Magnetic Contacts

    There are several types of magnetic contact all operating on the same principle i.e. when the magnet is in close proximity to the switch the circuit is closed; moving the magnet away from the switch allows the switch to spring open and thus signal an open circuit to the control panel. Magnetic contacts are wired using 4 core cable (2 for alarm and 2 for tamper). More than one magnetic contact can be connected to a zone using one length of 4 core and if required magnetic contacts and powered detectors (e.g. PIRs) can be wired to the same zone but in this case 6 core cable will be required for the powered detectors.

    Fitting and Connecting a Single Surface Magnetic Contact

    This section describes the fitting of a terminal type plastic magnetic contact.

    1. Decide on the positioning of the contact bearing the following in mind.
      • The contact should be fitted at or very near to the opening edge of the door or window i.e. not near the hinge.
      • It is usually preferable to fit the contact near the top of the door or window in order to prevent moisture ingress and/or physical damage.
      • Do not position the contact where there is a lot of play in the door when closed, also make sure that all doors and windows stay shut when closed - you may have to reposition the catch to eliminate any excessive play.
    2. Run the cable from the control panel through any holes in walls to the magnetic contact.
    3. Connect the cable to the contact as shown in the diagram (core colours are arbitrary). Do not strip more of the outer sheath than is necessary.
    4. Make a small notch in the edge of the switch (opposite side to the arrow - if present) such that when the switch is secured to the door the cable will be trapped.
    5. Screw the switch to the frame such that when the magnet is fixed to the door or window it is in close proximity to the switch. If the contacts are marked with arrows then these should point to each other. Note: it is usually possible to fit the contacts at right angles to each other i.e. the top face of one part facing the side of the other. It is best to check with a continuity tester if an unorthodox positioning is required.
    6. Fix the magnet to the door or window and check (using a continuity tester or connecting to a zone on the panel) that the switch opens/closes in response to the door opening/closing.
    7. Secure the cable at a point close to the switch and then secure the cable back to the panel. Work towards the panel such that any slack is at the panel end.
    8. Connect the alarm cores into the 2 zone terminals and the tamper cores into the global tamper circuit - see below.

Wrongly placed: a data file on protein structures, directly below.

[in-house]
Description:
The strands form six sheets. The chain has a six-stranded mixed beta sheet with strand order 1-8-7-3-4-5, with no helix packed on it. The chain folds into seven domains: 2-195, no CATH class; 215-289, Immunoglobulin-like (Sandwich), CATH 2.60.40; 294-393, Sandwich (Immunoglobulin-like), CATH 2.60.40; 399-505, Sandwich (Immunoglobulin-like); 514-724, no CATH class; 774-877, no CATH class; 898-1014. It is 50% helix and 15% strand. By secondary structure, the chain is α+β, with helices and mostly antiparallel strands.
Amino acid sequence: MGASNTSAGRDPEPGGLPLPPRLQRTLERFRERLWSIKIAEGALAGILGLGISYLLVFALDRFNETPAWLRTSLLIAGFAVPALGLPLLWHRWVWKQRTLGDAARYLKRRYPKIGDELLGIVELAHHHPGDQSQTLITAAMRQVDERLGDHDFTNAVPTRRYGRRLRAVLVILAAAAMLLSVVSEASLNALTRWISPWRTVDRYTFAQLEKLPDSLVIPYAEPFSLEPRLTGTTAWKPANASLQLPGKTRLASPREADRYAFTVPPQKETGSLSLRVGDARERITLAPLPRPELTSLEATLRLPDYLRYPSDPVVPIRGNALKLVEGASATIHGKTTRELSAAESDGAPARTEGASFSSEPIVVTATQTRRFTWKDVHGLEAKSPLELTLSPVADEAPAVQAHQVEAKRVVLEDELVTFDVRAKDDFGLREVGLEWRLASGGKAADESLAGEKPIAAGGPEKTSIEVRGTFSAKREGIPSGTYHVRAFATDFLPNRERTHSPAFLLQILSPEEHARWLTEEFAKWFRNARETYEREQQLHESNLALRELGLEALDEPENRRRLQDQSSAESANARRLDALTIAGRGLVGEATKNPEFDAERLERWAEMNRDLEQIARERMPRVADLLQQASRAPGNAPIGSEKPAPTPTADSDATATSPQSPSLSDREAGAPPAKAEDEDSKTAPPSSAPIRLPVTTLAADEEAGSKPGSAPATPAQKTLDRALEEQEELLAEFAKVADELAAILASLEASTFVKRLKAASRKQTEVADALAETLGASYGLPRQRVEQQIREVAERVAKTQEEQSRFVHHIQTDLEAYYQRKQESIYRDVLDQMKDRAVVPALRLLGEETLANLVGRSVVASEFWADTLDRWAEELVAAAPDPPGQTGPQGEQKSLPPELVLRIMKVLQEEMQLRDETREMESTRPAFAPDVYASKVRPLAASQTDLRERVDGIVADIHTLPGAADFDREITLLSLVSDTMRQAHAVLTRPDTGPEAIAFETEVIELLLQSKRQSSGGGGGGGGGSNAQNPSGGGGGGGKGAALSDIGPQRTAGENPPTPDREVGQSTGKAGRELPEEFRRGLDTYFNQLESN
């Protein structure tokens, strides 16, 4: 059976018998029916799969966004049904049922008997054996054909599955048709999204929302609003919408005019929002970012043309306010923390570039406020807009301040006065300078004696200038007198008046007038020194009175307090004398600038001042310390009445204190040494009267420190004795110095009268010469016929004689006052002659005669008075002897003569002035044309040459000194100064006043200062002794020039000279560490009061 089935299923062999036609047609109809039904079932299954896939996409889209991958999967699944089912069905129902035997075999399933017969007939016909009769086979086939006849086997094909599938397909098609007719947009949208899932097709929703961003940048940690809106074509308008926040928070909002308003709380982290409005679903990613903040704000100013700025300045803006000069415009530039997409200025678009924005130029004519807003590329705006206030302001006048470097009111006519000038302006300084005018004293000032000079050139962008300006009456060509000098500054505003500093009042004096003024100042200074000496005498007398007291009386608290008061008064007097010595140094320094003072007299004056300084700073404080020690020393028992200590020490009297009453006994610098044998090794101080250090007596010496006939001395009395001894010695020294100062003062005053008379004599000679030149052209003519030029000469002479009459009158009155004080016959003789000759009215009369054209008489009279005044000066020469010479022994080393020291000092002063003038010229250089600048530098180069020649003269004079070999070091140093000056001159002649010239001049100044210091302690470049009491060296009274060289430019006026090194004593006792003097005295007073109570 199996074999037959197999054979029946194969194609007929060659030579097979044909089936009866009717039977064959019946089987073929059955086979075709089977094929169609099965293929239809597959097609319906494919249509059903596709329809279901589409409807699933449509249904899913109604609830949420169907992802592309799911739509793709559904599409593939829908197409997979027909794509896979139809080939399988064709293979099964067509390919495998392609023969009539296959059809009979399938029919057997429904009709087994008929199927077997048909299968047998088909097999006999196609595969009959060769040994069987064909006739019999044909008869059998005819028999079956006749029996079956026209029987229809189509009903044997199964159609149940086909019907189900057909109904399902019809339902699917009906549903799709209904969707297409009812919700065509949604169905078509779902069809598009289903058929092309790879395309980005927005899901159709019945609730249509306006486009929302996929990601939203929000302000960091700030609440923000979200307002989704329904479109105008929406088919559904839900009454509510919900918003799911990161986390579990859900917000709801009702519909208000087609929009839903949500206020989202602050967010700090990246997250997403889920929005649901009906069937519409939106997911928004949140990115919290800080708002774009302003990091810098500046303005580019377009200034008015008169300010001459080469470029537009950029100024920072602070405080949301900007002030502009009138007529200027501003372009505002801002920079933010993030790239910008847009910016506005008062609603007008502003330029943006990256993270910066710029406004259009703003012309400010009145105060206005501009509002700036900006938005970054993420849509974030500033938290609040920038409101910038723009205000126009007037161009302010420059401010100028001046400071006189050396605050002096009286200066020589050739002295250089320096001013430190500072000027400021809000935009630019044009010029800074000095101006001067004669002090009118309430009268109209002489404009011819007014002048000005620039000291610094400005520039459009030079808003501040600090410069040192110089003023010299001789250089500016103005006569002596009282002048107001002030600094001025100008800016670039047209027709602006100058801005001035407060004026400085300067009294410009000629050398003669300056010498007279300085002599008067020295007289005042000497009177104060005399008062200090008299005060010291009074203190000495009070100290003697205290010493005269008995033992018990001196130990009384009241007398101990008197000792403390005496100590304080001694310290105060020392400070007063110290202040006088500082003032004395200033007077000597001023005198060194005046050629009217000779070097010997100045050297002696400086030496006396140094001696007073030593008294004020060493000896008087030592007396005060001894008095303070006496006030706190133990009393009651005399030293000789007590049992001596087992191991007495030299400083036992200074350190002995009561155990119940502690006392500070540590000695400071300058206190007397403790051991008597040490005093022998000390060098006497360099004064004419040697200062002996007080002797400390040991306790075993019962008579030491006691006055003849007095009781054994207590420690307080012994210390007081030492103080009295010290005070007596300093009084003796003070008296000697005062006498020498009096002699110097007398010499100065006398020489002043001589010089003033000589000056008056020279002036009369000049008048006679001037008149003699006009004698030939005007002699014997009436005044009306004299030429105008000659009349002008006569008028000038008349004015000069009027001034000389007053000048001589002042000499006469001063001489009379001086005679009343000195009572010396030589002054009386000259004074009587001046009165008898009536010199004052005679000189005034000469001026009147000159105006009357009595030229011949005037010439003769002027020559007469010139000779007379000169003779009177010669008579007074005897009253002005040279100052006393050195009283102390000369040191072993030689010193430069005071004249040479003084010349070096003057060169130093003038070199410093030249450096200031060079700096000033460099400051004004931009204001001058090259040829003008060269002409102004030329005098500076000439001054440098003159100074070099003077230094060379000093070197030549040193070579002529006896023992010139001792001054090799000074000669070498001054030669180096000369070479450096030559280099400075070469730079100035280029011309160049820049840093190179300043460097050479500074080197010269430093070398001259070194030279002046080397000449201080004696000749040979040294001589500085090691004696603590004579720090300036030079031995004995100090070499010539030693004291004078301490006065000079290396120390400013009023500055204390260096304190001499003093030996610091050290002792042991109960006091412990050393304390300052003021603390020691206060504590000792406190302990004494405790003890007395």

Fitting Flush Magnetic Contacts

    Flush magnetic contacts are fitted into the edge of the door (magnet) and the dooor frame (switch) and as such can only be fitted to wooden doors They are wired in the same way as surface contacts. The following describes how to fit a 20mm flush magnetic contact.

    1. Decide whereabouts on the door to fit the contact bearing in mind the following.
      • Do not fit a flush magnetic contact near the bottom of an external door - damp will almost certainly rise up inside the frame and corrode the contacts.
      • Ensure that there is sufficient space to drill a hole through the back of the door frame to access the rear of the switch.
    2. Mark the position of the switch on the door edge. The easiest way to do this is to push a small screwdriver between the door and frame with the door shut and rock the screwdriver from side to side to leave matching indentations in the door edge and frame.
    3. Using a 20mm spade bit, drill a hole in the door edge to slightly deeper than the depth of the magnet. drill a corresponding hole in the door frame to the depth of the switch plus around 15mm to allow for the wiring connections.
    4. The contacts are fitted with a flanged faceplate. If the gap between the door and frame is sufficient, the flange need not be recessed. Where there is insufficient clearance or if desired, the flange should be recessed.

      To recess the flange; push the magnet and switch into their respective holes and mark round the flange. Remove the switch and magnet and remove approximately 2mm of wood from the face of the door edge and frame such that when the magnet and switch are pushed in their faces are flush with the surrounding wood.